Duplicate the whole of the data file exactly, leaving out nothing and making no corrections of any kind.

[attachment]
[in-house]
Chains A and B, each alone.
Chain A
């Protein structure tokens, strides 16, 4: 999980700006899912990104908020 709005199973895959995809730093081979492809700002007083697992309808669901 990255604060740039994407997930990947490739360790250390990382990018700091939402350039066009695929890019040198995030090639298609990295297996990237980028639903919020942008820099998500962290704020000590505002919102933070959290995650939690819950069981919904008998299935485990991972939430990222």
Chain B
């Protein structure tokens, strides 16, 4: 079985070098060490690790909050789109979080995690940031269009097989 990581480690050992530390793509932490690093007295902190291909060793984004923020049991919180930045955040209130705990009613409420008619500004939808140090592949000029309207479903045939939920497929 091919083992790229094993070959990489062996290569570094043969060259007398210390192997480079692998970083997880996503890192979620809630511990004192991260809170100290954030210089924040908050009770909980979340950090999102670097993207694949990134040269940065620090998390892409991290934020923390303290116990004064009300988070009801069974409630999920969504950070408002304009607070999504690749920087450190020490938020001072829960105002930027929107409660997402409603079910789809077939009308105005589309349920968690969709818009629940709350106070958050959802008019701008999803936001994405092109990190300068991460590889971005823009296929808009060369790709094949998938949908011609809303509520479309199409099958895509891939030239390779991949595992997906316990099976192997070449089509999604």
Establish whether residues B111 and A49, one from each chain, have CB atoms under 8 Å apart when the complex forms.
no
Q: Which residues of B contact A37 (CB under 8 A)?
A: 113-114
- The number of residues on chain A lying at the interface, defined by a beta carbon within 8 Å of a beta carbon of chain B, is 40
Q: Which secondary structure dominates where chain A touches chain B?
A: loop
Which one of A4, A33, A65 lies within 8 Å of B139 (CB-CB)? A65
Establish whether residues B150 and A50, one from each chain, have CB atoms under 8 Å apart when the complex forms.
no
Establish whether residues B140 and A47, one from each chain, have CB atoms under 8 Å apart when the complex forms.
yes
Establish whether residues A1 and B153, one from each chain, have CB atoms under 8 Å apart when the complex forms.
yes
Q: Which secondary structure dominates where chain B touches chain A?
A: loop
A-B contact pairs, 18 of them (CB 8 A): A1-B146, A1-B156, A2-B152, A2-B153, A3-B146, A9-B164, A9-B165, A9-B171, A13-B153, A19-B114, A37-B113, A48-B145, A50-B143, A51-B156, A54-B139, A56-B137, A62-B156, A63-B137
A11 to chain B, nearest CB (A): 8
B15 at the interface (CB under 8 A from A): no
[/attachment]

[in-house]
Chains A and B, each alone.
Chain A
């Protein structure tokens, strides 16, 4: 999980700006899912990104908020 709005199973895959995809730093081979492809700002007083697992309808669901 990255604060740039994407997930990947490739360790250390990382990018700091939402350039066009695929890019040198995030090639298609990295297996990237980028639903919020942008820099998500962290704020000590505002919102933070959290995650939690819950069981919904008998299935485990991972939430990222």
Chain B
């Protein structure tokens, strides 16, 4: 079985070098060490690790909050789109979080995690940031269009097989 990581480690050992530390793509932490690093007295902190291909060793984004923020049991919180930045955040209130705990009613409420008619500004939808140090592949000029309207479903045939939920497929 091919083992790229094993070959990489062996290569570094043969060259007398210390192997480079692998970083997880996503890192979620809630511990004192991260809170100290954030210089924040908050009770909980979340950090999102670097993207694949990134040269940065620090998390892409991290934020923390303290116990004064009300988070009801069974409630999920969504950070408002304009607070999504690749920087450190020490938020001072829960105002930027929107409660997402409603079910789809077939009308105005589309349920968690969709818009629940709350106070958050959802008019701008999803936001994405092109990190300068991460590889971005823009296929808009060369790709094949998938949908011609809303509520479309199409099958895509891939030239390779991949595992997906316990099976192997070449089509999604």
Establish whether residues B111 and A49, one from each chain, have CB atoms under 8 Å apart when the complex forms.
no
Q: Which residues of B contact A37 (CB under 8 A)?
A: 113-114
- The number of residues on chain A lying at the interface, defined by a beta carbon within 8 Å of a beta carbon of chain B, is 40
Q: Which secondary structure dominates where chain A touches chain B?
A: loop
Which one of A4, A33, A65 lies within 8 Å of B139 (CB-CB)? A65
Establish whether residues B150 and A50, one from each chain, have CB atoms under 8 Å apart when the complex forms.
no
Establish whether residues B140 and A47, one from each chain, have CB atoms under 8 Å apart when the complex forms.
yes
Establish whether residues A1 and B153, one from each chain, have CB atoms under 8 Å apart when the complex forms.
yes
Q: Which secondary structure dominates where chain B touches chain A?
A: loop
A-B contact pairs, 18 of them (CB 8 A): A1-B146, A1-B156, A2-B152, A2-B153, A3-B146, A9-B164, A9-B165, A9-B171, A13-B153, A19-B114, A37-B113, A48-B145, A50-B143, A51-B156, A54-B139, A56-B137, A62-B156, A63-B137
A11 to chain B, nearest CB (A): 8
B15 at the interface (CB under 8 A from A): no